Further, the scope of settlement of specified proceedings which shall be taken into consideration has also been narrowed to the extent that any application made by a wilful defaulter, a fugitive economic offender or a person who has defaulted in payment of any fees due or penalty imposed under securities laws shall not be considered by SEBI. Whereas, the earlier regulations provided that breach of laws governing insider trading, fraudulent and unfair trade practices shall not be considered for settlement, the new regulations evidently provide that in order to refuse a settlement application SEBI shall take into consideration the three parameters mentioned as above. Therefore, violation of laws pertaining to insider trading, fraudulent and unfair trade practices not having market wide impact (such as front running, mis-selling to an investor, violation of internal code of conduct in insider trading) or where third-party interests are not involved, shall now be considered for settlement under the said regulations.
Constitution and working of the High Powered Advisory Committee
The constitution of the High Powered Advisory Committee (“HPAC”) which earlier consisted of a retired judge of the High Court may also include a judicial member who has been the judge of the Supreme Court in place of the same and the meetings of the members of the HPAC shall include meeting through audio-video electronic means or through the medium of electronic video linkage. Also, as a means of internal fortification, there has been further specification by introducing a specified procedure to provide a clarity on the working of the HPAC.
Notice of settlement
The regulations also provide a new format under Schedule II of the regulations which pertains to the settlement notice to be issued by SEBI prior to the issuance of the show cause notice in order to provide the noticee an opportunity to file a settlement application within 15 calendar days from the date of receipt of the settlement notice.
Settlement with confidentiality
To keep pace with the securities regulators globally, SEBI has also introduced the concept of settlement of the proceedings in confidentiality. As observed time and again, most of the provisions in SEBI have been adopted from US laws. The insertion of provisions dealing with confidentiality have been adopted though an understanding from the US Securities Exchange Commission and the Competition Commission of India. According to the regulations, such privilege of confidentiality shall be provided to such applicants who agree to provide “substantial assistance in the investigation, inspection, inquiry or audit, to be initiated or ongoing, against any other person in respect of a violation of securities laws”. However, the application herein shall be considered only in cases prior to or pending investigation, inspection, inquiry or audit. The regulations provide the specified contents in Schedule IV, which has been specifically included for furnishing all the relevant disclosures, information and evidence relating to the commission of any violation of securities laws.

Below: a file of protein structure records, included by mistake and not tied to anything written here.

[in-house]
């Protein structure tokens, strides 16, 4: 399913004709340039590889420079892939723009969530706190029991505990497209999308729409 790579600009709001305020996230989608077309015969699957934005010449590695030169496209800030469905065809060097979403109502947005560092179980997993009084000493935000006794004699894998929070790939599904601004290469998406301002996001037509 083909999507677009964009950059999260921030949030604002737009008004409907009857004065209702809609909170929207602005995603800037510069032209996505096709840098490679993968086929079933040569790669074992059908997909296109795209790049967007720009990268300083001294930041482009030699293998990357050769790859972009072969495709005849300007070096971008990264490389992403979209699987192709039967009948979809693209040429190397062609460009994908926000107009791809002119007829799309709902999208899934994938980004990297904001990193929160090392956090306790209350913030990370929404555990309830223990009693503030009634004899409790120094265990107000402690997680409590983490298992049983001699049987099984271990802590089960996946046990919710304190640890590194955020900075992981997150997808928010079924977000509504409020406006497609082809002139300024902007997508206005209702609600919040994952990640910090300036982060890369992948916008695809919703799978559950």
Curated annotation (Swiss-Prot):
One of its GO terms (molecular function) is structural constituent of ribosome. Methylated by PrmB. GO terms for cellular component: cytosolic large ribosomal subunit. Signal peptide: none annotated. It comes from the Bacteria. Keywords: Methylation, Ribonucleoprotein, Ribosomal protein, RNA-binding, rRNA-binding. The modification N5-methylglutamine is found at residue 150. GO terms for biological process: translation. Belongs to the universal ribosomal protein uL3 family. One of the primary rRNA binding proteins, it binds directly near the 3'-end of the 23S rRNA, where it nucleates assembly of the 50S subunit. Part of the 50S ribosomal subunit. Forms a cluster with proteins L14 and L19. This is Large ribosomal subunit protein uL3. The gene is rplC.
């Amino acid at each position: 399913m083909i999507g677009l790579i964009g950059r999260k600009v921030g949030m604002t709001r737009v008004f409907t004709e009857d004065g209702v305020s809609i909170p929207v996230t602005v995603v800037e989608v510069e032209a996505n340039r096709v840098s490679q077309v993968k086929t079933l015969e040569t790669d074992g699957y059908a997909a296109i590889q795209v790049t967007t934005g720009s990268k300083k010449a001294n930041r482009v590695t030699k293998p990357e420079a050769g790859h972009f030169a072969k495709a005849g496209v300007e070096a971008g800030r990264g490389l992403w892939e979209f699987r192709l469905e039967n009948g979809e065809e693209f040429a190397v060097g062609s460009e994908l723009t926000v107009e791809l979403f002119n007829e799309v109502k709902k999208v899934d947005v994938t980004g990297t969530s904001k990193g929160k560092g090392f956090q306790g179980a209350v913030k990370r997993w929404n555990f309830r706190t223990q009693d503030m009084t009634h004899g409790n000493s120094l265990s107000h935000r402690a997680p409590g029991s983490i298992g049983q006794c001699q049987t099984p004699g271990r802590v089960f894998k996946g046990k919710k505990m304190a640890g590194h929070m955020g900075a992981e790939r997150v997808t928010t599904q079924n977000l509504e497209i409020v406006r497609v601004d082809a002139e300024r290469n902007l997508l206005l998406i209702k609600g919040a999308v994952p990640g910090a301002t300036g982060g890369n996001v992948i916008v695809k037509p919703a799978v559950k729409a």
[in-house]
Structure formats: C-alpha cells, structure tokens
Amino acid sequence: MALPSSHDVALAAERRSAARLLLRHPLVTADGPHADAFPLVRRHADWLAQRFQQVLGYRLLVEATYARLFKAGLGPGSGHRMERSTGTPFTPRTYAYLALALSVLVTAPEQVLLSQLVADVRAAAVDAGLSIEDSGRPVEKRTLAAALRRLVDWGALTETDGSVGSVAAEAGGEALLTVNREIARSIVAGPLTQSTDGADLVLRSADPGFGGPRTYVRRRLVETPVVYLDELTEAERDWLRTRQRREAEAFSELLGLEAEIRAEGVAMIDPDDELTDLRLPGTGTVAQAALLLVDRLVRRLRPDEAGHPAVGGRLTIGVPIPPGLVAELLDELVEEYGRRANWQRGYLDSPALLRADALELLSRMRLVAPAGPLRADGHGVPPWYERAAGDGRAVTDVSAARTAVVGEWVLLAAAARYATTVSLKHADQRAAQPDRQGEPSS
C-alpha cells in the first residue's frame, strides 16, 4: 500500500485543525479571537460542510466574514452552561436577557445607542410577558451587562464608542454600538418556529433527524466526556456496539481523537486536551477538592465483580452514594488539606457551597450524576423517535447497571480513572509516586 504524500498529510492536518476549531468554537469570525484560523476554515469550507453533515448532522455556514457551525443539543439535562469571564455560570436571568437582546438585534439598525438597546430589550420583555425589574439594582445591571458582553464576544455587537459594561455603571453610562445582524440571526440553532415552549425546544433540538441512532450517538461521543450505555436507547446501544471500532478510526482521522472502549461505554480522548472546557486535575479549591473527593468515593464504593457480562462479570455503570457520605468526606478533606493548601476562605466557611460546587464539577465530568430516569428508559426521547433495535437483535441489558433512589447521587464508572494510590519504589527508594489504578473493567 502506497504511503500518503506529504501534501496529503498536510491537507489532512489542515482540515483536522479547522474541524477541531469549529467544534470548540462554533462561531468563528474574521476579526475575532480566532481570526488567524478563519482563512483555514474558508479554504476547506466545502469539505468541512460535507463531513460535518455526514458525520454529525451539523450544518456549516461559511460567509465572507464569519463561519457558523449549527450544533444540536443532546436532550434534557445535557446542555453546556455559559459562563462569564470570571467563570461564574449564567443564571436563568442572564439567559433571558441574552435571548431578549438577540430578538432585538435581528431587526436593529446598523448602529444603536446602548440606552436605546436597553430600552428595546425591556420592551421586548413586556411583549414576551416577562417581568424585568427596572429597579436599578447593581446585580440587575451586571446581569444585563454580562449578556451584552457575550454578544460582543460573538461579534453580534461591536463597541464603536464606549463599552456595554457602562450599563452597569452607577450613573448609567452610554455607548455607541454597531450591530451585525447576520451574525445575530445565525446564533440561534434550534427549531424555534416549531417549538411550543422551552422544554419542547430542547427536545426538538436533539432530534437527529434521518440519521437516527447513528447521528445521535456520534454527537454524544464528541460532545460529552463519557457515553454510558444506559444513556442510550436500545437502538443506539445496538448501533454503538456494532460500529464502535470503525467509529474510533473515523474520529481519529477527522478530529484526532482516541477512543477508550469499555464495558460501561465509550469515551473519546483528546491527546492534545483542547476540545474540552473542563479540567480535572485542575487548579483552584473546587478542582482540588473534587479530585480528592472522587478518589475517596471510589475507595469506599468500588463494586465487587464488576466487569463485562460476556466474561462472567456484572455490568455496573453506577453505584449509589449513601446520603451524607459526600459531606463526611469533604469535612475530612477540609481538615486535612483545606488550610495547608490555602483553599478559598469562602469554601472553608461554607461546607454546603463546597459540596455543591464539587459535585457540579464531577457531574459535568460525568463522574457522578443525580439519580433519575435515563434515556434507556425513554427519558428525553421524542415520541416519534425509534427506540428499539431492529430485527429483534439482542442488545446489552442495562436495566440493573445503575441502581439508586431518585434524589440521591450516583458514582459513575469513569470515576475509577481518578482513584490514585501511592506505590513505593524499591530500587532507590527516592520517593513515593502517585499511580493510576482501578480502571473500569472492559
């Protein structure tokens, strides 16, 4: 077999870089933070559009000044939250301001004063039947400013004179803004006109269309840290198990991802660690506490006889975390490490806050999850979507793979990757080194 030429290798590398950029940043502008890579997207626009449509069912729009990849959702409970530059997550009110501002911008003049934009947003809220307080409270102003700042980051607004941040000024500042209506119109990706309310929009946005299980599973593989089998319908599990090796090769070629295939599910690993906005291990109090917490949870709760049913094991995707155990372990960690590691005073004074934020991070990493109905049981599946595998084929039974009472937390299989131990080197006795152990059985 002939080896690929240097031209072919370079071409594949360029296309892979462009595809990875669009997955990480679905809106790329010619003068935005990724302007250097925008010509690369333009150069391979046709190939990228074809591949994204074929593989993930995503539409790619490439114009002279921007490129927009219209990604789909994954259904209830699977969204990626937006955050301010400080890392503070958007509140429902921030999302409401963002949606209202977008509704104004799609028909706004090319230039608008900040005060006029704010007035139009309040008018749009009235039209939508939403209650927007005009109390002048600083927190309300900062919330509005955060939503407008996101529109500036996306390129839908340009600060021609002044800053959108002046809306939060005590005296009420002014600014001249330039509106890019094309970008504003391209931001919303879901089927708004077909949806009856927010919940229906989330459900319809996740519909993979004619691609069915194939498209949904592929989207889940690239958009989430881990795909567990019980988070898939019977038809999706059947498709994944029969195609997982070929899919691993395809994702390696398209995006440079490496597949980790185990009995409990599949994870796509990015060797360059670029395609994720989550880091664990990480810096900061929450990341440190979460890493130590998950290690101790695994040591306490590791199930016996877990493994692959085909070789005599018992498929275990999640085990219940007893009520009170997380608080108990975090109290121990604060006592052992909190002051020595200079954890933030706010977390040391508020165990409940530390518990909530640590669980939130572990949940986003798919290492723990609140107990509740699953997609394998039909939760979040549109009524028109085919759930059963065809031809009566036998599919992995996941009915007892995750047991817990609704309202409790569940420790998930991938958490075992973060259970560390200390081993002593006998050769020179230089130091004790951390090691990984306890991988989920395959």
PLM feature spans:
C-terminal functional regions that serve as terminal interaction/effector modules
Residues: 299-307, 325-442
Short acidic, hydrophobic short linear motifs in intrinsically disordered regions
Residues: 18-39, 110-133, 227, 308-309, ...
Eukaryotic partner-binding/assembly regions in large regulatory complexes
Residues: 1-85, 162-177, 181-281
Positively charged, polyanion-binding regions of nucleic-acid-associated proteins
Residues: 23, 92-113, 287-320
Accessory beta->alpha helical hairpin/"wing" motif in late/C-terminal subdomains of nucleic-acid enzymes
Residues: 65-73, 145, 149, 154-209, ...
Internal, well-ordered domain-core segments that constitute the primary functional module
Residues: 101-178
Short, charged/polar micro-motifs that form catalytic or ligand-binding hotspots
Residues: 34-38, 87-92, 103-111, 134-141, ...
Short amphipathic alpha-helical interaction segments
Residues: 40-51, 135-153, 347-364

Concept of settlement schemes
The Settlement Regulations, 2018 have introduced a new term called “settlement schemes”. SEBI shall specify the procedure and terms of settlement of specified proceedings under a settlement scheme for any class of persons involved in respect of any similar defaults specified. A settlement order issued under such a settlement scheme shall deemed to be a settlement order under the regulations.
Considering the revised framework under the Settlement Regulations, 2018, one may analyze the intent behind the same which is timely settlement of proceedings related to securities laws and majorly preventing its negative impact on the market and investors. Accordingly, SEBI has revisited the complete mechanism in order to strengthen its procedures with respect to the settlement of proceedings pertaining to the defaults under the securities laws not only by involving the provisions of confidentiality but also including stricter norms while dealing with such settlement applications and proceedings which apparently state defaults. In light of the same, such casual defaulters and other perpetrators of serious offences deteriorating the market at large shall not be assisted with the provisions under the settlement mechanism.
– Ambika Mehrotra